It was there that I learned sacrifice, duty before self, and that service is an honorable way to live life,
Q: Your military story is fascinating and shaped you. Would it be a fair statement to say that the USAF was important to your life story…and framed you today?
ANGELA: Yes, absolutely. That time in my life would prove critical to the person I became.
Q: So one morning you’re toasting an English muffin with honey and you decide to run for office? How did you make this transition to wanting to be involved in politics?
ANGELA: My identity crisis in college led me to ask God for guidance and I made a promise to him was why I joined the military, became a psychologist, my marriage, our children were all directed by the decisions I made. I was always interested in politics. I watched things happening in the political realm that disturbed me. I saw things happening in America that I saw in totalitarian regimes while working as an intelligence analyst in the military.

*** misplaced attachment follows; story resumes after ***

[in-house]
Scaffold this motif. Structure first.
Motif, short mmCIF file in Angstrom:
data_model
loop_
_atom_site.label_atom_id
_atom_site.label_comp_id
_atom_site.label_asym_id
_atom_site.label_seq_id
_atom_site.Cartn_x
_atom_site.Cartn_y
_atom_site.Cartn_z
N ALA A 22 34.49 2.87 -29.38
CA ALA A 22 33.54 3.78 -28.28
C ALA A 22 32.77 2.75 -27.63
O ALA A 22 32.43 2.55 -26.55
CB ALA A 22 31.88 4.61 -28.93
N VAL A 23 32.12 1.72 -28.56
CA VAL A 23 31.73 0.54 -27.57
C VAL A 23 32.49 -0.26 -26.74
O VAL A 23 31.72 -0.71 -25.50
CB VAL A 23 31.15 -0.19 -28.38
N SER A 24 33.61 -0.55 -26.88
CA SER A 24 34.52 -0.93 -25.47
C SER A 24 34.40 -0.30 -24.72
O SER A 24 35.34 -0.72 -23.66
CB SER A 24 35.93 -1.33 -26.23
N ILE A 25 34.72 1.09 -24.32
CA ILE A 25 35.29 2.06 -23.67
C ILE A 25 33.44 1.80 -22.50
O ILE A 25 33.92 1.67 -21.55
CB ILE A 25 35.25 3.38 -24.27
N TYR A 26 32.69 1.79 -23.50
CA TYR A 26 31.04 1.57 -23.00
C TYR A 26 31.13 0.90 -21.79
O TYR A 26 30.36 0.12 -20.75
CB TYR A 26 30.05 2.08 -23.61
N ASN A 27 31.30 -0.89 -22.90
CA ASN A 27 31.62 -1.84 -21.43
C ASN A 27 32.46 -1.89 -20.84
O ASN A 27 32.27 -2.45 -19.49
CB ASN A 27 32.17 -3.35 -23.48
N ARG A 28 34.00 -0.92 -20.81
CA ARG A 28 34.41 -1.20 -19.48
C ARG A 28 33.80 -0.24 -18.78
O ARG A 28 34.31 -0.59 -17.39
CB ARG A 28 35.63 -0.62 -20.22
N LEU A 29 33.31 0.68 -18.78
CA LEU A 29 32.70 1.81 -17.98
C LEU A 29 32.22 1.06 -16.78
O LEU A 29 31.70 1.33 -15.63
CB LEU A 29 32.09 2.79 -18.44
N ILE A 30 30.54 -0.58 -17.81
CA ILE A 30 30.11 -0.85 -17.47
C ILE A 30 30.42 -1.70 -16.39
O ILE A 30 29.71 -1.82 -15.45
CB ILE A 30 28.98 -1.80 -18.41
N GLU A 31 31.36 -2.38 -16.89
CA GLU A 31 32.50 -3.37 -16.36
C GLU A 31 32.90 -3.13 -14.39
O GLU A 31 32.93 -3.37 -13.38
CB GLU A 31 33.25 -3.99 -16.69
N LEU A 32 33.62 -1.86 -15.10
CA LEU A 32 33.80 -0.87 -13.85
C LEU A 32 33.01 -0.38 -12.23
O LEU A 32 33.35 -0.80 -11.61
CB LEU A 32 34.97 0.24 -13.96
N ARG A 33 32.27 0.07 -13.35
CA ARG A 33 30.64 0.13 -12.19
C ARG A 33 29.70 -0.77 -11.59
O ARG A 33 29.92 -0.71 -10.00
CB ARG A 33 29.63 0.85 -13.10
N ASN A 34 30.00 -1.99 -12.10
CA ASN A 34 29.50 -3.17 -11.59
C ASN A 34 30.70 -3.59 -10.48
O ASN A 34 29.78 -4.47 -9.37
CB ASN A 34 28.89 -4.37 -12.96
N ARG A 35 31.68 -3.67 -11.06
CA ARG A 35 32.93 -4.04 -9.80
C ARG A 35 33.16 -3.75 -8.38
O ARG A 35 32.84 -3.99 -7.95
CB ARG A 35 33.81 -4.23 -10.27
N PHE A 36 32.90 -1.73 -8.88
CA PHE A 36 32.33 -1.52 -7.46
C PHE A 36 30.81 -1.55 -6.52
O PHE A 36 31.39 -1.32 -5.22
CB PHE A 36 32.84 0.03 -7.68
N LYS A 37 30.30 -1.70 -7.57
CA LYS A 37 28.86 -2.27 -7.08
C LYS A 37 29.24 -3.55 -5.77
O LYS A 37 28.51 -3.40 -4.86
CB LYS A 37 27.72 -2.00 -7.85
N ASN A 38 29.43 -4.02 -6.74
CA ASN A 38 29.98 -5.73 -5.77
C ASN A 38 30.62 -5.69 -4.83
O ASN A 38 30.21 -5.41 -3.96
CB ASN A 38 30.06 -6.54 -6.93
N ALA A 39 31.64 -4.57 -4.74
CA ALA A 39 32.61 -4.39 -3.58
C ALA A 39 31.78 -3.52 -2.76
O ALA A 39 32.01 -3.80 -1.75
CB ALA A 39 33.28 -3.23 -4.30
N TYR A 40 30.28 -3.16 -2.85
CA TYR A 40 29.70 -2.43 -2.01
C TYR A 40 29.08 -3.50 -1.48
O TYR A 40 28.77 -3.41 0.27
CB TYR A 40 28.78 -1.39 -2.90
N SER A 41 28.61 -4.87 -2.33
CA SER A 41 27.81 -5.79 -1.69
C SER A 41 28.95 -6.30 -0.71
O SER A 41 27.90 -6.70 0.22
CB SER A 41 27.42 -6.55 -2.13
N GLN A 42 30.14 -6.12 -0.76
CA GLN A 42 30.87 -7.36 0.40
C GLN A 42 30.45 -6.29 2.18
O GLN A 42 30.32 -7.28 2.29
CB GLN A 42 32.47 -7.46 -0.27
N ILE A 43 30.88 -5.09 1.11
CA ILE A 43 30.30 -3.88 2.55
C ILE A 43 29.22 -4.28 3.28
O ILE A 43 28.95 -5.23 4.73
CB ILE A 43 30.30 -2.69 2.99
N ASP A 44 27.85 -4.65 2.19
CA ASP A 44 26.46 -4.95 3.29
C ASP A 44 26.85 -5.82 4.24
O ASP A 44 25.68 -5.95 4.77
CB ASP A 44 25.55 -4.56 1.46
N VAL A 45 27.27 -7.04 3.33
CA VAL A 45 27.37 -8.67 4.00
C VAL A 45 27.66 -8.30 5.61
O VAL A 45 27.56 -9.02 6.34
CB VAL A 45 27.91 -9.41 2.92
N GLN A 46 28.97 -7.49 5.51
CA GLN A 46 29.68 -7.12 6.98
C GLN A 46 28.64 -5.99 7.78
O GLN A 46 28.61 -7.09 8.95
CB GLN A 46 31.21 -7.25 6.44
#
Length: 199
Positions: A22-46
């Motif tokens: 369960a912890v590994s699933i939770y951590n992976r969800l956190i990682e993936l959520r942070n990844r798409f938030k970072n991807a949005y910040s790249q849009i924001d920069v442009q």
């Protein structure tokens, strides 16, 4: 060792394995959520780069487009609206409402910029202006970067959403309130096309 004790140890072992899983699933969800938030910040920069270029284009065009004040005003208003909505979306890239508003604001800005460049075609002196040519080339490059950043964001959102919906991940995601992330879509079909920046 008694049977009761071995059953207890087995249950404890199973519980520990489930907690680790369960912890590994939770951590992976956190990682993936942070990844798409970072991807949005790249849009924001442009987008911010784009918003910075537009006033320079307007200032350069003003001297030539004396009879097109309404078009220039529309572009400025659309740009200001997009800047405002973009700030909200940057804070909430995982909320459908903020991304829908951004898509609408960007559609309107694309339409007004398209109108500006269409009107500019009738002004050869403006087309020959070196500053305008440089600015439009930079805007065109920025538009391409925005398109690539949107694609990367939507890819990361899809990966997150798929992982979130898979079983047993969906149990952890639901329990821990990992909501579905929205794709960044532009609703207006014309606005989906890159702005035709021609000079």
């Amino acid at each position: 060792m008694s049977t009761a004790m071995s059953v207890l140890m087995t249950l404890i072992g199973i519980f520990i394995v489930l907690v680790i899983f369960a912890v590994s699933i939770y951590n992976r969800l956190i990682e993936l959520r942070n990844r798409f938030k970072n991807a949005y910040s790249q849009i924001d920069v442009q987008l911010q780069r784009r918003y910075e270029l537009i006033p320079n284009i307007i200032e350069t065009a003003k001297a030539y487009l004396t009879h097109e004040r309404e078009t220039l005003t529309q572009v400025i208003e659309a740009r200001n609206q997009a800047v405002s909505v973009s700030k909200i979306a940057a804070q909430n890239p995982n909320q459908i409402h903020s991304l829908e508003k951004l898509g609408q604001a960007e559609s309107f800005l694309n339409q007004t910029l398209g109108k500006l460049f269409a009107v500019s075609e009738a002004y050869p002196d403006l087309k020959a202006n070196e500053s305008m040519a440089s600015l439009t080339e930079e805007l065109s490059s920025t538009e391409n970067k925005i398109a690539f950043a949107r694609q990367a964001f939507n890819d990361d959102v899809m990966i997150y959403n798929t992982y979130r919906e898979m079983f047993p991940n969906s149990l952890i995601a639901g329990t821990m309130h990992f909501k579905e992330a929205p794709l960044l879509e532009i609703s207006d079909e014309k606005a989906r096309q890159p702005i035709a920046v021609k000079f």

The election in 2020, the pandemic, seeing the riots, the crime, and Portland literally in flames while the elected politicians stood by, not doing anything to help was really disturbing to me. In fact, the political leaders seemed to be doing things to encourage unrest and lawlessness.
Because I had the promptings from God to help people, I knew it was time for me to get involved, to stand up, to get back to serving my country.
Q: What matters to Angela?